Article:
Prerequisite: Upper division standing. Previous courses in sociology or political science are recommended.
The course offers theoretical tools for understanding and analyzing political life. The course will examine questions such as: What is power? What are its forms, bases and uses? Who possesses and exercises it? Who benefits and who suffers? What is the state? What are its capacities? How is the state related to other social structures and actors? Is the state autonomous? Has globalization made the state irrelevant? How do policies reach government agendas? How are alternatives specified? How are policies enacted and implemented? What accounts for crossnational differences in the adoption and form of welfare state policies. Why is the US a welfare state laggard? What accounts for the emergence, development, form and success of social movements? What causes revolutions? What are the sources of nationalism? What is the role of media in politics? Is American civic engagement in decline?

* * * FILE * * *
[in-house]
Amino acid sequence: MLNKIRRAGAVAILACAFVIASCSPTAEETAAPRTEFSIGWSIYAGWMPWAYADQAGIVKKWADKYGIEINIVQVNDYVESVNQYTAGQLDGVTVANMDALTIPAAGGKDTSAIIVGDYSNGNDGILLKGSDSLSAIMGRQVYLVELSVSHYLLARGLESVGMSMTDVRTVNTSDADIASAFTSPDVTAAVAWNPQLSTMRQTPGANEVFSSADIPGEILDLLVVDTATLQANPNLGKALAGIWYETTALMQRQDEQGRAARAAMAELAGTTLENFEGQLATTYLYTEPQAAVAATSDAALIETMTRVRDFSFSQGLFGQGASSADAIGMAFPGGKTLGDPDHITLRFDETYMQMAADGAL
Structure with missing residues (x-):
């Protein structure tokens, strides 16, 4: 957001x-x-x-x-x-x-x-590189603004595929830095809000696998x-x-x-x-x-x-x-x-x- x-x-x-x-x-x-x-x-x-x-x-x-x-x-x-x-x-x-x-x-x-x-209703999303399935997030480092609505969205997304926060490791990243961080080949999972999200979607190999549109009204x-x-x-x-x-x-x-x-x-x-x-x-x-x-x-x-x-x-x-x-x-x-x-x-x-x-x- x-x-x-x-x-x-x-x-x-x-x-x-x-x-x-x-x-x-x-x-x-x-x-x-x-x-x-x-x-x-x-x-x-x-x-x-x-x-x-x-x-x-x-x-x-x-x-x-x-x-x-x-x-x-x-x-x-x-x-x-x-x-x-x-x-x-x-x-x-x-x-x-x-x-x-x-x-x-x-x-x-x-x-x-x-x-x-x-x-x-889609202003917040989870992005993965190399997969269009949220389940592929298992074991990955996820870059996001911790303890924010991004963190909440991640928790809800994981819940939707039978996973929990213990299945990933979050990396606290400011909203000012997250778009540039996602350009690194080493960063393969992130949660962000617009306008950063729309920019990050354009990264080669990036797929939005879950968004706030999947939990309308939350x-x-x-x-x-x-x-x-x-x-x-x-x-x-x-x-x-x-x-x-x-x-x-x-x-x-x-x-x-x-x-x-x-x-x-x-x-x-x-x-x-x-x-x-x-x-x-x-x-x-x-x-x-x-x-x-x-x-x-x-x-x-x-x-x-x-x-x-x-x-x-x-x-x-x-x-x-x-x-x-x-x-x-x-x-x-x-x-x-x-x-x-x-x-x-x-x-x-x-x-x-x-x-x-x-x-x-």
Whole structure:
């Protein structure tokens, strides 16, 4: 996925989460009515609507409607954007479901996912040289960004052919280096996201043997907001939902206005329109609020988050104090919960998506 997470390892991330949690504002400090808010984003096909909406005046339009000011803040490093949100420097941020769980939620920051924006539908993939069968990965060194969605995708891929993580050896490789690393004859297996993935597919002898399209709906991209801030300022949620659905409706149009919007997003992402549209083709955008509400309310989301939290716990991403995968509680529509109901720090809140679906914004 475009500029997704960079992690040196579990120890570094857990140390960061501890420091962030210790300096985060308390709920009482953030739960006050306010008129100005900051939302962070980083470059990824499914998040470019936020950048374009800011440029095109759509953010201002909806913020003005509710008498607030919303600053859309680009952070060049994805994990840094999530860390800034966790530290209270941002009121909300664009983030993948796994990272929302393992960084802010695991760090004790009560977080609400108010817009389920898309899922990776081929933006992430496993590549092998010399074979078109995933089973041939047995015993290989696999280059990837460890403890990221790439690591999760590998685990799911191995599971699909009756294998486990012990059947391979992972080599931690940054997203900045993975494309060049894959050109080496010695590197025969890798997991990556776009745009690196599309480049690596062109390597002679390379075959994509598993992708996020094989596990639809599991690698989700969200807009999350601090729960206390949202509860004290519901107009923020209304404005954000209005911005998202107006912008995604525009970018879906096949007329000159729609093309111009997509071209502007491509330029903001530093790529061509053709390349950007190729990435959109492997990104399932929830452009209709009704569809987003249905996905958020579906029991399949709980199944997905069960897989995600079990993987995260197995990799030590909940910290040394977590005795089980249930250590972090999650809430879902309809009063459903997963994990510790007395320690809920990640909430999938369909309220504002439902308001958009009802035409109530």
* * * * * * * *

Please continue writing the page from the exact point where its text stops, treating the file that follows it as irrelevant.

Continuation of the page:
Most readings will come from a course reader. Books will include: Marx, Karl & Friedrich Engels. 1983.
The Communist Manifesto
. New York: Washington Square Press.
Kingdon, John W. 1999.
America the unusual
. New York: Worth Publishers.
There will be five short written assignments, a ten-page paper, and a take-home final, each worth approximately 1/3 of the final grade.